5 Tips to Help You Conquer Your Goals with Rheumatoid Arthritis
Have you ever felt like because you have rheumatoid arthritis (RA), you will never be able to achieve your future goals or accomplish things you’ve dreamed about? Perhaps before your diagnosis, you spent years working towards a career goal, only to be sidelined by rheumatoid arthritis.
Does that mean that because we have rheumatoid arthritis, we can no longer pursue goals or work towards our dreams? Not necessarily. Through my many ups and downs with RA/RD, I’ve discovered 5 tips to help you conquer your goals with rheumatoid arthritis.
5 tips to help conquer your goals
1. Choose your priorities
This is certainly a more difficult part to accept about life with RA/RD. Realistically, we can’t do everything. We are limited in what we can do by our own bodies. There are only so many bits of energy sitting around. What is the most important for you? Maybe you are in a place where your priority is to get out of bed. That’s okay. Do that. So that begs the question, what are your priorities? They have likely changed since your diagnosis, but that’s okay.
2. Change your vision
Is there a way to look at what you love a little differently? For example, before my diagnosis, I was a middle school teacher. I loved everything about the classroom - the first day of school, spending time with my students, and watching them grow. I absolutely loved it. But teaching (especially middle school) is a job that demands incredible amounts of physical energy and mental focus.
I’m pretty certain I won’t step foot in a traditional classroom ever again and, over time, I think I’ve come to accept that. However, that doesn’t necessarily mean that I will never teach again. I just have to change my vision of what "teaching" looks like for me. My body can’t handle a 6 AM to 4 PM teaching day, but I can handle an hour class here or an hour class there. I can handle teaching from home. And believe it or not, I even homeschool my children now. (Of course with plenty of help!)
3. Get creative
Moreover, I really believe that it is necessary for my health, both mental and physical - even if it is difficult sometimes - to continue to have dreams and to make goals. Sure, it may not be the exact same goal I started with all those years ago before diagnosis but, by changing my vision a little, I can still do what I love.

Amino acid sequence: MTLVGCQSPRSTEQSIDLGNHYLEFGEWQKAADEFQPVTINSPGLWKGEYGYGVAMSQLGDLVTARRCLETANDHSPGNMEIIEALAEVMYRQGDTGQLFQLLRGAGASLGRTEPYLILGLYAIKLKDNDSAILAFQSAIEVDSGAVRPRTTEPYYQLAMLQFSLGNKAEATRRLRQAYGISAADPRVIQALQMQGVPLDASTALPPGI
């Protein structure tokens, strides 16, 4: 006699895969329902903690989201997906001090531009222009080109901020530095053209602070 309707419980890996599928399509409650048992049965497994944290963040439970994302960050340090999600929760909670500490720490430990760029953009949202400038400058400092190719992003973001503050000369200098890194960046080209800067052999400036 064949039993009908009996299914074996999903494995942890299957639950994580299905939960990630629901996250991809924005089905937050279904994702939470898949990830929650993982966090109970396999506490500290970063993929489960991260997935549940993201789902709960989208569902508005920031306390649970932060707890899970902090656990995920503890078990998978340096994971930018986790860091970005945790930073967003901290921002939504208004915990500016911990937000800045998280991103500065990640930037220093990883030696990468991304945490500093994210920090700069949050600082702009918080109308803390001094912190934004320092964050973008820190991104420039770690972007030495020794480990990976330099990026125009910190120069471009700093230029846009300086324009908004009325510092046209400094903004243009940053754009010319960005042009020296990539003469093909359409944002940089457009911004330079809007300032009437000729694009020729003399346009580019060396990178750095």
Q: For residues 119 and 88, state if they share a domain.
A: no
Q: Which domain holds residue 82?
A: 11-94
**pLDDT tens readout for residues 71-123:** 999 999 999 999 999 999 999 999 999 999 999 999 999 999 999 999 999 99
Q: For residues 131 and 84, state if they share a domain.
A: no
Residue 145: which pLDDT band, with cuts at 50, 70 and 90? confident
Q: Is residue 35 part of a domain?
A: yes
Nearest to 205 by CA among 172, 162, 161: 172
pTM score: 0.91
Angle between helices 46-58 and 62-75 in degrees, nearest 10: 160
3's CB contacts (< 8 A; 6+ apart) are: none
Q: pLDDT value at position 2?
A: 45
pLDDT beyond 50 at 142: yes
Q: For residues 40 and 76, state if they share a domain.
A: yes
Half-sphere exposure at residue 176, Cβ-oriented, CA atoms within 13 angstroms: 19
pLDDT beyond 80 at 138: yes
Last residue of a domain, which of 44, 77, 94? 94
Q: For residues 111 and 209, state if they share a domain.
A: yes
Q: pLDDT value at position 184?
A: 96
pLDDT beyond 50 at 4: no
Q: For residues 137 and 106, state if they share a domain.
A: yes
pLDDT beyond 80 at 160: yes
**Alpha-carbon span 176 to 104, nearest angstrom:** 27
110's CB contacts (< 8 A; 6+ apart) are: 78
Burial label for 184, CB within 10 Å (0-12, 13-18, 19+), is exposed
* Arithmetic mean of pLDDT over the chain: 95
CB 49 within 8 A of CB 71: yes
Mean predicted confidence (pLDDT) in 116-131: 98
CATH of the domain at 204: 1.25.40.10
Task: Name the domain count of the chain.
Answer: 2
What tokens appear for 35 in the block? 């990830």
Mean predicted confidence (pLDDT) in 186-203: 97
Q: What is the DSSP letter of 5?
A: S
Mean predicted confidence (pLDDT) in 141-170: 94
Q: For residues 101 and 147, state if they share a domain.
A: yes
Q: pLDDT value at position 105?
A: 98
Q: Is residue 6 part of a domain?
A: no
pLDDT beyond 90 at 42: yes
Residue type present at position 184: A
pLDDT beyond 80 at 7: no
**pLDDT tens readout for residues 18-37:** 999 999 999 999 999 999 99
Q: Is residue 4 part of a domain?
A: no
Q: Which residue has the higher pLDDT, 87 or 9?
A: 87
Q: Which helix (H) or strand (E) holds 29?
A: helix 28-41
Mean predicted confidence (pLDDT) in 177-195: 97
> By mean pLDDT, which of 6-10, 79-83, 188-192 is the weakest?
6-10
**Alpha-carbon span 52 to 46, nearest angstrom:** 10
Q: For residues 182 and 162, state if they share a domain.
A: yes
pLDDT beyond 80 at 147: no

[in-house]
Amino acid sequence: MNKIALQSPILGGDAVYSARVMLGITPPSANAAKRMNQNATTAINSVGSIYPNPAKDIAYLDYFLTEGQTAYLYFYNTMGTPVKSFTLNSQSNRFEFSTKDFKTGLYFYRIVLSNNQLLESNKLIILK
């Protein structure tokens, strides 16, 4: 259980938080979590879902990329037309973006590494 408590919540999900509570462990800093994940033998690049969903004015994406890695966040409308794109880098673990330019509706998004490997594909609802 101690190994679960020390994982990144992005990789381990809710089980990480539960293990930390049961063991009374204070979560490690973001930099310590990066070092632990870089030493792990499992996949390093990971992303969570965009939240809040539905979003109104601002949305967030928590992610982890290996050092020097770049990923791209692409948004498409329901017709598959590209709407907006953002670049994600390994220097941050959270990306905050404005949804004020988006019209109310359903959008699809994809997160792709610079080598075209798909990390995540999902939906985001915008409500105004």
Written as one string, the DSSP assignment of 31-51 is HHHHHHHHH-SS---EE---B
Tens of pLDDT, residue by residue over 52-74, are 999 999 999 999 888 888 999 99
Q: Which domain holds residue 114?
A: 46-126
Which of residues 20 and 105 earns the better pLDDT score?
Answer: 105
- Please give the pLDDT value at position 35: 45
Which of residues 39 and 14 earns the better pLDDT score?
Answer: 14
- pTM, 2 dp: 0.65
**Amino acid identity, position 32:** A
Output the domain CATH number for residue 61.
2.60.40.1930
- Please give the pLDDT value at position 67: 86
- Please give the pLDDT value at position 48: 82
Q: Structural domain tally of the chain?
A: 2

Get creative here. Is there a workaround you can come up with that allows you to still keep what you love about your career? Perhaps you can move to a consultant position or leverage some freelance skills.
4. Focus on the positive
What CAN you do? Sometimes when we think about what we’d like to accomplish, we get stonewalled by thinking about everything we can’t do. Going down that road will only lead you nowhere good.
Even if everything you list that you can do seems so small, that’s okay because small steps can lead to big changes. Put together a list and write down every single thing you can do. You might be surprised how long your list ends up being.
5. Take things in teeny, tiny, manageable steps
Perhaps you were dealt your diagnosis midpursuit of your college diploma. Our wonderful advocate Monica Y. Sengupta can really speak to some of the challenges of managing school and RA/RD. So maybe you can’t go full time; but part-time, a class here and a class there is manageable. Sure, when you take things in smaller, slower steps they might take longer. But, any progress is always better than no progress.
Breaking your goals down into bite-size pieces makes big tasks easier. And allows you to see success which, let’s be honest, feels pretty good.
So let’s hear them! What wonderful goals do you hope to accomplish in the future?
Did you have difficulty receiving a RA diagnosis?